Semi-automatic MIG guns: 10 money saving tips

Maintaining and inspecting MIG guns regularly are a couple of ways to get more life and more productivity out of every tool

08/29/2013


Maintaining and inspecting MIG guns regularly are a couple of ways to get more life and more productivity out of every tool. Courtesy: BernardYour welding operation, just like any other portion of your business, offers opportunities to conserve resources. Consider these 10 money-saving tips for MIG gun care and maintenance as a good first step. And don't be surprised when you find these tips improve your welding performance along the way!

1: Protect your assets

Keep your nozzles, gas diffusers and contact tips in the original package in which they were shipped until you are ready to use them. Doing so prevents scratches and/or dents where spatter can accumulate and cause the consumables to fail prematurely. It also prevents dirt, oil or other debris from adhering to the consumables and inadvertently entering the weld puddle.

Remember, proper storage and handling doesn't just lower your actual costs for consumables, it can also prevent weld defects that require costly rework.

2: Get a neck up

Choose the most appropriate neck for your MIG welding application in order to increase comfort and control, and save money. Rotatable necks, for example, adjust without tools so that you can quickly change neck angles once you've determined your desired position. These types of necks are especially useful if you find yourself welding on many different applications and angles throughout the day, and they minimize costs for inventory and changeover. For hard-to-reach areas, you may also want to consider a neck coupler, which allows you to connect two existing necks together to extend your reach ­- again without the cost of purchasing a new or specialized neck.

Flex necks are also a good option for saving money, and gaining greater comfort and control, particularly for applications with tighter joints. You can bend these necks to multiple angles to work around corners or get into small spaces without the expense of stocking different neck angles.

3: Inspect, clean and tighten regularly

Regularly perform a visual inspection of your nozzle - inside and outside - to look for spatter build-up. If there is accumulation, either clean the nozzle with a tool designed specifically for the job or replace the nozzle if necessary. During your inspection, also check that the nozzle, contact tip and retaining head are tightened properly, as these components can naturally loosen during welding.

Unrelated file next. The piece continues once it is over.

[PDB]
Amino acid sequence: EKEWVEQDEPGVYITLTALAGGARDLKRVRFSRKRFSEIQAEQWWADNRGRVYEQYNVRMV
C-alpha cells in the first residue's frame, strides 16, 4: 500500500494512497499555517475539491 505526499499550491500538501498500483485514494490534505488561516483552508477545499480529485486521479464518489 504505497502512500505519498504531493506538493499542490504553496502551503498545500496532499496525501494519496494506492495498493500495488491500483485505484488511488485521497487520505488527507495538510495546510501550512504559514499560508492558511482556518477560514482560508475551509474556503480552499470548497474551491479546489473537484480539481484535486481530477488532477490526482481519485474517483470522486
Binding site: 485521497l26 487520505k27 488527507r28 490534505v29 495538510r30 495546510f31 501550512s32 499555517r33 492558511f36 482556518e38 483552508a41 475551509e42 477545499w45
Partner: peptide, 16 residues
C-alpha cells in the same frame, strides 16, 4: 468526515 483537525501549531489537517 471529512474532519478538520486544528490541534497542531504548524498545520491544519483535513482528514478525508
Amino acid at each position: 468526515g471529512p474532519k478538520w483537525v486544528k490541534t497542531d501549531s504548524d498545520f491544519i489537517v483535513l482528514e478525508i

Inspecting and tightening your consumables regularly (several times during a welding shift is ideal) help ensure good shielding gas coverage, reliable electrical conductivity and consistent weld quality.

4: Trim it properly

Always trim your MIG gun liner according to the manufacturer's recommendations, using the proper tools and cutting it to the correct length. Too long of a liner can cause kinking, while cutting it too short allows debris to build up between the liner and the gas diffuser. Either way, the wrong liner length can cause poor wire feeding and premature failure of both the liner and the contact tip. When possible, use a liner gauge to determine the proper length for your particular liner and be certain that there are no burrs or sharp edges after you cut it.

Also, keep the liner away from contaminants (e.g., don't let it drag on the floor) during installation and be sure your hands or gloves are clean. These precautions help prevent contaminants from entering the weld puddle and causing costly weld quality issues.

5: Line it up

Consider using a front-load MIG gun liner to ease and speed liner replacement. This type of liner cuts installation time nearly in half compared to using a rear-loading liner, saving you downtime and unnecessary labor costs for changeover. Some manufacturers offer a spring-loaded module that works in conjunction with a front-load liner to help minimize issues if you accidentally trim the liner to an incorrect length. These modules are housed in the power pin and put forward pressure on the liner after installing it from the front of the gun. The modules allow up to 1 inch of forgiveness if the liner is too short.

There are also jump liners available. These replace only the most commonly worn and clogged liner area - from the neck to the contact tip - to reduce the amount of time a gun is offline and minimize inventory for full-length liners. These jump liners enable quick and easy neck change-out so the MIG gun can be easily adapted to fit multiple applications.

6: Lighten up

When appropriate, switching from heavy-duty contact tips to standard-duty ones can help lower your overall consumable costs, while still providing you with reliable welding performance. If you have lower heat applications, brief arc-on times for short welds or tacks, or if you are using mixed shielding gases and small diameter wires, standard-duty contact tips may be a better option and they cost less.

You can also use these types of contact tips if you have applications with restricted access, as the smaller outside diameter can help increase gas coverage and reduce the nozzle's bore size, making it easier to reach tough joints.

7: Stay connected

Look for non-threaded contact tips that connect or seat securely with the gas diffuser. This type of design provides consistent electrical conductivity and helps dissipate heat more readily. That's important, since cooler running consumables last longer and provide more consistent performance.

A nozzle with a thread-on design helps keep the contact tip centered for better weld placement and it can minimize the opportunity for spatter. This type of design can also withstand demanding jobsite use and abuse.

8: Keep it smooth and clean